Sarepta CEO: $125 Million Offering Demand Was Strong

BOSTON ( TheStreet) -- I chatted briefly by phone with Sarepta Therapeutics ( SRPT) CEO Chris Garabedian following the successful follow-on stock offering that raised $125 million.

Here are some excerpts from our conversation:

On investor demand for the offering:

"We went out with a target of raising $75 million but by the time we were ready to close the book we were more than three times oversubscribed, almost four times... The book was full of top quality institutional investors, many of whom were not going to get the allocation they wanted, so we decided to upsize the offering."

On Sarepta's new shareholder base:

"Previously, we had about 35% institutional investors. With the close of this offering, we're up to 50%, including a lot of long-only accounts and good fundamental life-sciences investors. It's really nice to see the company's shareholder base change.

On the timing of the stock offering:

"It's hard to find the right financing window where we don't have disclosure issues... But we had the 62-week eteplirsen data behind us, investor demand was high and you always worry about macro risk so we decided to get an offering in before the end of the year. It's nice to enjoy the holidays knowing we have a very healthy balance sheet."

On plans for the FDA meeting to discuss the possibility of filing accelerated approval for eteplirsen:

"We're sticking with our guidance that we will be requesting a meeting with FDA before the end of the year, which puts us squarely on track to have the meeting in the first quarter."

When can investors expect to hear from Sarepta about the outcome of the FDA meeting?

"We won't be saying anything publicly until we get the final minutes from the FDA meeting, which probably means a March-April timeframe. At that point, we'll update investors on whether or not we will be pursuing an accelerated approval for eteplirsen."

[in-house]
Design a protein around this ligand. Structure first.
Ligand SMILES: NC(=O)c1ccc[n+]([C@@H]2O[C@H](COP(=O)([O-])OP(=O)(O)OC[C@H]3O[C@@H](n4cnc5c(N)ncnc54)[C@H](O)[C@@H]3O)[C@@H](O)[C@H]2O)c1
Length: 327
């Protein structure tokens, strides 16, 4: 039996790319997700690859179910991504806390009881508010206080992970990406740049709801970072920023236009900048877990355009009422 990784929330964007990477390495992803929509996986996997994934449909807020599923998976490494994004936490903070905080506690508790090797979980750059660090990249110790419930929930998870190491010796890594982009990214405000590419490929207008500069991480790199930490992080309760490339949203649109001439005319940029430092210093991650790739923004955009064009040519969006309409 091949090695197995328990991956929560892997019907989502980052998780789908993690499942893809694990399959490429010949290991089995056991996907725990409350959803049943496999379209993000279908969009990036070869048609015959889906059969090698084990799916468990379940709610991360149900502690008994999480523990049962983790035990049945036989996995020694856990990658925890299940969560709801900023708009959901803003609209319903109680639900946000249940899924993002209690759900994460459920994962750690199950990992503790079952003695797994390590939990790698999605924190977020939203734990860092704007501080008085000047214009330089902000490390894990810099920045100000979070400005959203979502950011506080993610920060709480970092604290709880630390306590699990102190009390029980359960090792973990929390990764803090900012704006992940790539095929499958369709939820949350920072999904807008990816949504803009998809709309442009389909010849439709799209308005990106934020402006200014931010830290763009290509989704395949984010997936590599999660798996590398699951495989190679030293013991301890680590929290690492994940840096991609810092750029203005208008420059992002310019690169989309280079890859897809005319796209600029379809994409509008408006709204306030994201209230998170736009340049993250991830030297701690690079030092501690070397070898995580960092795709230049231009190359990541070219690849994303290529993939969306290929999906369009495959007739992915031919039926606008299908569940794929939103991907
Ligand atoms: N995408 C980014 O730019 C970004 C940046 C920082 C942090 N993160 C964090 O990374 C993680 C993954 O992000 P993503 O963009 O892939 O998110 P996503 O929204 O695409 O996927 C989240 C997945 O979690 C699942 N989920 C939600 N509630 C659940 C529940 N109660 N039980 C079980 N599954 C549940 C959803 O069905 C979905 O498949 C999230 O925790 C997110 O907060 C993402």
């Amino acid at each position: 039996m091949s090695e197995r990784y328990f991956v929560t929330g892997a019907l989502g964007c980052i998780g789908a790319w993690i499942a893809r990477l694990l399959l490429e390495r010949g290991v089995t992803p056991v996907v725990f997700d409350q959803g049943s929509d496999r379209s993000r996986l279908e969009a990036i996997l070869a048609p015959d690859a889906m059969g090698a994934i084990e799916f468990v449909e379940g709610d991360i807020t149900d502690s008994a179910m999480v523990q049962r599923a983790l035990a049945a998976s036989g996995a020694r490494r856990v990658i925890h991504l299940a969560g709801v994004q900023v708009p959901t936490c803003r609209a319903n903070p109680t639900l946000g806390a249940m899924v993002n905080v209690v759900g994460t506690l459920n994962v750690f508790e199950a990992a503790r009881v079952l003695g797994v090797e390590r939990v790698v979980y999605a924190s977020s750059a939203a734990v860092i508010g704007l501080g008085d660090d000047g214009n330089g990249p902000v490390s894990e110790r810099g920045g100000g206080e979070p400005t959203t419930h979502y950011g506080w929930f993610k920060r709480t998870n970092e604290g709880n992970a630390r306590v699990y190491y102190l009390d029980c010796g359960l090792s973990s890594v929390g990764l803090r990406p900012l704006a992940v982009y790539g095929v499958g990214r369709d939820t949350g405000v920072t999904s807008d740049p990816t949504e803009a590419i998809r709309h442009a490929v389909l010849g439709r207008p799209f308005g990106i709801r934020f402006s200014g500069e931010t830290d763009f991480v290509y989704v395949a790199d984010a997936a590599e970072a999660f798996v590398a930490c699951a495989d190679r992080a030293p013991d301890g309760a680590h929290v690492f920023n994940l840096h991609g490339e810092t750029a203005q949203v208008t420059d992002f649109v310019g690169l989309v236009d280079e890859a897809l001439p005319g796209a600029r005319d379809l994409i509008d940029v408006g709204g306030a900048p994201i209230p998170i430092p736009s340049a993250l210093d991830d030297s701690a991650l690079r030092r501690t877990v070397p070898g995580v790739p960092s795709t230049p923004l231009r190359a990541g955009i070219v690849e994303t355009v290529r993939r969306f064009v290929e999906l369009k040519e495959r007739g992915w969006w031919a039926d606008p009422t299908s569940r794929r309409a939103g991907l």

On eteplirsen manufacturing and timing of a possible eteplirsen approval filing:

"We need to have difference discussions with FDA about clinical and manufacturing issues. The plan right now is to meet with FDA about CMC chemistry, manufacturing and controls in the second quarter... How or when we file will be dictated by the outcome and feedback we get from FDA at both these meetings."

On partnering:

"We're getting a lot of interest in this program... but we don't need to partner. We expect a partner to be flexible and give us the structure that we're looking for. It's hard to time a potential deal or if one will happen, but with the financing, we are in a strong negotiating position."

Garabedian also confirmed that if Sarepta does a deal, it will more than likely be an ex-U.S. partnership that encompasses the company's entire exon-skipping drug program.

"We're not taking eteplirsen off the table but a potential partner has to buy into the reproducibility of the eteplirsen data for the follow-on exon-skipping programs... We believe eteplirsen significantly de-risks the development of follow-on exon-skipping drugs and makes the entire program highly leverageable. A partner has to buy into that and bring the right economic terms to the table."

On future disclosure of additional eteplirsen data:

"We're right now figuring out how to communicate expectations for 2013. The JP Morgan conference will likely be the venue where I tell investors what to expect from us in 2013. Right now, we're not giving any guidance on if 74-week eteplirsen data will be shared.

Garabedian will speak to investors at the JP Morgan Healthcare Conference on Weds. Jan. 9.

On being nominated for the Best Biotech CEO of 2012 award:

"I was humbled, especially since my mentor John Martin Gilead Sciences' ( GILD) CEO is on the list, too. It was a heady experience for me to be mentioned alongside him."

On being told that he's not likely to win the Best Biotech CEO of 2012 award:

"Like they say at the Academy Awards, it's an honor just to be nominated."

-- Reported by Adam Feuerstein in Boston.

Adam Feuerstein writes regularly for TheStreet. In keeping with company editorial policy, he doesn't own or short individual stocks, although he owns stock in TheStreet. He also doesn't invest in hedge funds or other private investment partnerships. Feuerstein appreciates your feedback; click here to send him an email.

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